Interviews and previously undisclosed documents revealed that a witness in Robert Mueller's probe had worked for over a year to convert a Republican fundraiser into a White House influencer to help usher in deals on behalf of Saudi Arabia and the United Arab Emirates, the New York Times reports.

The backdrop: George Nader, a political adviser of the U.A.E. and Elliott Broidy, the RNC's deputy finance chair, reportedly urged the White House to dismiss Secretary of State Rex Tillerson's support of combative approaches to Iran and Qatar. In another case, Nader promised Broidy over a $1 billion in contracts for his private security company in exchange for deals.

Per the Times, Mueller's team have spoken to witnesses about Nader’s contacts with the White House, signaling that the probe is also examining the role of foreign money and inside the Trump administration. Nader was reportedly granted immunity in a deal for cooperating with Muller.

What they said: Nader's lawyer declined to comment, per the Times. Broidy told the paper in a statement that his efforts “aimed to strengthen the national security of the United States, in full coordination with the U.S. government.”

Go deeper with the New York Times report.

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Updated 12 mins ago - Politics & Policy

Coronavirus dashboard

Illustration: Sarah Grillo/Axios

  1. Global: Total confirmed cases as of 2 p.m. ET: 32,647,382 — Total deaths: 990,473 — Total recoveries: 22,527,593Map.
  2. U.S.: Total confirmed cases as of 2 p.m. ET: 7,053,171 — Total deaths: 204,093 — Total recoveries: 2,727,335 — Total tests: 99,488,275Map.
  3. States: U.S. reports over 55,000 new coronavirus cases.
  4. Health: The long-term pain of the mental health pandemicFewer than 10% of Americans have coronavirus antibodies.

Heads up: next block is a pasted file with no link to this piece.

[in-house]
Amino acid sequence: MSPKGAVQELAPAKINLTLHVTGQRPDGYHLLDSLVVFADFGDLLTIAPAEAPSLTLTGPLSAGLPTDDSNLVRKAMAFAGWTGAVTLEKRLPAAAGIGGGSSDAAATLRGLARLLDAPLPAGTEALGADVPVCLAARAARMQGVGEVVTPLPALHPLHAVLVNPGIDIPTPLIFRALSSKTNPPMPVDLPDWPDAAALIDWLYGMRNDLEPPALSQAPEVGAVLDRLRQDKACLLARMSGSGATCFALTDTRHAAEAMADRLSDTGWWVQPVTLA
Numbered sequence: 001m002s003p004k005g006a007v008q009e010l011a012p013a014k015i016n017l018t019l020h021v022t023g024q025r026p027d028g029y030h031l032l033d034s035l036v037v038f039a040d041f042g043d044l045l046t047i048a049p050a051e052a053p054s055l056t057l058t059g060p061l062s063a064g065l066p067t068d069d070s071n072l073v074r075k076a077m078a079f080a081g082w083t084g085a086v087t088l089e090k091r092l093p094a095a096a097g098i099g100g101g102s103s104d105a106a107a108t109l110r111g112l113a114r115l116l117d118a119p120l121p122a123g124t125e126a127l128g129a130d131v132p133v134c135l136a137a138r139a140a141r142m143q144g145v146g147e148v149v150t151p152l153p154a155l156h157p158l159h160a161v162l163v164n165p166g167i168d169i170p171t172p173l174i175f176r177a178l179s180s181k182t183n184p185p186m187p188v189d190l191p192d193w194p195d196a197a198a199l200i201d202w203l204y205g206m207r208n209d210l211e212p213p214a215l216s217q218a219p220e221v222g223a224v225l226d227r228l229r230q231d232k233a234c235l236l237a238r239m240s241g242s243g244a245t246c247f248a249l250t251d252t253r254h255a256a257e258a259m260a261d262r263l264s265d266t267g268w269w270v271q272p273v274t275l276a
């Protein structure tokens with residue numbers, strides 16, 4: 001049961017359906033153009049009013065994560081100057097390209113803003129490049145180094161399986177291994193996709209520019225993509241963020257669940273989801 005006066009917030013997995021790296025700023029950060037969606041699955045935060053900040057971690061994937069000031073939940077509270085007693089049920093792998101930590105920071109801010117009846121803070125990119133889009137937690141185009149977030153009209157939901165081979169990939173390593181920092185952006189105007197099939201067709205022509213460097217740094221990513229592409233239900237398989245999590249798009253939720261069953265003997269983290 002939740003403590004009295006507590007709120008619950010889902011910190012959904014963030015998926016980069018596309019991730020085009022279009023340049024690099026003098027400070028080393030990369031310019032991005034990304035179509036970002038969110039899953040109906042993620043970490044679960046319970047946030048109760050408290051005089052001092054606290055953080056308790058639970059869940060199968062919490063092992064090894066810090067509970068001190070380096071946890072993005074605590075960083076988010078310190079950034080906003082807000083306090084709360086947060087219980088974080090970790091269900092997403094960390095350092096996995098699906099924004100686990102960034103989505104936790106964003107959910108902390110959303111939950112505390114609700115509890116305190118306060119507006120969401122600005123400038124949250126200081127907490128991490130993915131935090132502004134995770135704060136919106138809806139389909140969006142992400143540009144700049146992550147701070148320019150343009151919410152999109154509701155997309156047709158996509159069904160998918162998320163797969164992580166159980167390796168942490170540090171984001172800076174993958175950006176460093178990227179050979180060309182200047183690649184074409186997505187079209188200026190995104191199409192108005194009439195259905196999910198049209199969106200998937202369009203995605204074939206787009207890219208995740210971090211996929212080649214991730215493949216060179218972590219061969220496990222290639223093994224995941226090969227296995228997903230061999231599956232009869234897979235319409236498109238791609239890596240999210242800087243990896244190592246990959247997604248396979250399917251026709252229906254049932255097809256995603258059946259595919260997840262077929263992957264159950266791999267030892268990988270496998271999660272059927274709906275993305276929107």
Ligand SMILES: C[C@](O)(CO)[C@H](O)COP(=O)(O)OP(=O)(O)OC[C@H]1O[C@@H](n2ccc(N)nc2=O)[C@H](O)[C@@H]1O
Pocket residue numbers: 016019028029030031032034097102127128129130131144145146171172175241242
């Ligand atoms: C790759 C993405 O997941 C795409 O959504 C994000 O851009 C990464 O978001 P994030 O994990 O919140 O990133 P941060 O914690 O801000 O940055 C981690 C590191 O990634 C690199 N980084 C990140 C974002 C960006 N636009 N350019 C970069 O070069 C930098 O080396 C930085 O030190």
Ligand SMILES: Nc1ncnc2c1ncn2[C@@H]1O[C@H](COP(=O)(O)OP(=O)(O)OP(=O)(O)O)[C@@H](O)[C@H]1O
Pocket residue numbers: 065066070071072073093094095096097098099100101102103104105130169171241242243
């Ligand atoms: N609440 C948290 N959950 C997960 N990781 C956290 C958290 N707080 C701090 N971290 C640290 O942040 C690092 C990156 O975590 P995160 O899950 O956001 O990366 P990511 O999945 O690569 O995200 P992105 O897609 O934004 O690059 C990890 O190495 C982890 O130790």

5. Business: Millions start new businesses in time of coronavirus.
  6. Education: Summer college enrollment offers a glimpse of COVID-19's effect.

America on edge as unrest rises

Louisville on Wednesday. Photo: Jon Cherry/Getty Images

Rarely have national security officials, governors, tech CEOs and activists agreed as broadly and fervently as they do about the possibility of historic civil unrest in America.

Why it matters: The ingredients are clear for all to see — epic fights over racism, abortion, elections, the virus and policing, stirred by misinformation and calls to action on social media, at a time of stress over the pandemic.

Bryan Walsh, author of Future
3 hours ago - Health

The long-term pain of the mental health pandemic

Illustration: Sarah Grillo/Axios

A less visible but still massive trauma caused by the coronavirus is becoming clear: our mental health is suffering with potentially long-lasting consequences.

Why it matters: Mental health disorders that range from schizophrenia to depression and anxiety exert a severe cost on personal health and the economy. Addressing that challenge may require out-of-the-box solutions.